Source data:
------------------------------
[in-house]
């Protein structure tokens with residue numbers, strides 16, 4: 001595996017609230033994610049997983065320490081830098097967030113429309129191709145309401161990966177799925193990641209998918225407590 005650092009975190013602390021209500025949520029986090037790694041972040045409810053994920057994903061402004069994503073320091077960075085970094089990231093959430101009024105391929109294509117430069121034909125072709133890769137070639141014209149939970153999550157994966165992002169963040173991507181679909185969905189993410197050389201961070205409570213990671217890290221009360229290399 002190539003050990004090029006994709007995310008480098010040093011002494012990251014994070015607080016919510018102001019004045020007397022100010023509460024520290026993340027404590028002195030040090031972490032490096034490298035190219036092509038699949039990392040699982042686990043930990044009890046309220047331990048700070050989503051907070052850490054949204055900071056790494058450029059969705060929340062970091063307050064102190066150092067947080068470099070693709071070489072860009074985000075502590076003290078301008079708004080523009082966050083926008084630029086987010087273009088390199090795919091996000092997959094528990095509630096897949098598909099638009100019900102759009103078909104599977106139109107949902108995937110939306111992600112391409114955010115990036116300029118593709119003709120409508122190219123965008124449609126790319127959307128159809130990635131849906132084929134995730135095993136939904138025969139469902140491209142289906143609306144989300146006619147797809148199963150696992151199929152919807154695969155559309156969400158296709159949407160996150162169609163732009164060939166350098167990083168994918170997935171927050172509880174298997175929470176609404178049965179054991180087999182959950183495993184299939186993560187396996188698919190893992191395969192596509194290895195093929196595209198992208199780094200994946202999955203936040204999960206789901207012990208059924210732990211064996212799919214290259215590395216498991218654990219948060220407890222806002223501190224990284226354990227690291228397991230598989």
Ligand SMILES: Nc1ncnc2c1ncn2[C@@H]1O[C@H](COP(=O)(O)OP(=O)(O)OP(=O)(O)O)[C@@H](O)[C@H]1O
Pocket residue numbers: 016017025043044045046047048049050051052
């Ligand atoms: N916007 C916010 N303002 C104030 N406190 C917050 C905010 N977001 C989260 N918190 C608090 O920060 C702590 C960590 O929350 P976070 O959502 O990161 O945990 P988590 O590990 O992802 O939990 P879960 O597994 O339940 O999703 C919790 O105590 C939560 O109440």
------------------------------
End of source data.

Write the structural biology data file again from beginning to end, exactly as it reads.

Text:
[in-house]
């Protein structure tokens with residue numbers, strides 16, 4: 001595996017609230033994610049997983065320490081830098097967030113429309129191709145309401161990966177799925193990641209998918225407590 005650092009975190013602390021209500025949520029986090037790694041972040045409810053994920057994903061402004069994503073320091077960075085970094089990231093959430101009024105391929109294509117430069121034909125072709133890769137070639141014209149939970153999550157994966165992002169963040173991507181679909185969905189993410197050389201961070205409570213990671217890290221009360229290399 002190539003050990004090029006994709007995310008480098010040093011002494012990251014994070015607080016919510018102001019004045020007397022100010023509460024520290026993340027404590028002195030040090031972490032490096034490298035190219036092509038699949039990392040699982042686990043930990044009890046309220047331990048700070050989503051907070052850490054949204055900071056790494058450029059969705060929340062970091063307050064102190066150092067947080068470099070693709071070489072860009074985000075502590076003290078301008079708004080523009082966050083926008084630029086987010087273009088390199090795919091996000092997959094528990095509630096897949098598909099638009100019900102759009103078909104599977106139109107949902108995937110939306111992600112391409114955010115990036116300029118593709119003709120409508122190219123965008124449609126790319127959307128159809130990635131849906132084929134995730135095993136939904138025969139469902140491209142289906143609306144989300146006619147797809148199963150696992151199929152919807154695969155559309156969400158296709159949407160996150162169609163732009164060939166350098167990083168994918170997935171927050172509880174298997175929470176609404178049965179054991180087999182959950183495993184299939186993560187396996188698919190893992191395969192596509194290895195093929196595209198992208199780094200994946202999955203936040204999960206789901207012990208059924210732990211064996212799919214290259215590395216498991218654990219948060220407890222806002223501190224990284226354990227690291228397991230598989």
Ligand SMILES: Nc1ncnc2c1ncn2[C@@H]1O[C@H](COP(=O)(O)OP(=O)(O)OP(=O)(O)O)[C@@H](O)[C@H]1O
Pocket residue numbers: 016017025043044045046047048049050051052
């Ligand atoms: N916007 C916010 N303002 C104030 N406190 C917050 C905010 N977001 C989260 N918190 C608090 O920060 C702590 C960590 O929350 P976070 O959502 O990161 O945990 P988590 O590990 O992802 O939990 P879960 O597994 O339940 O999703 C919790 O105590 C939560 O109440």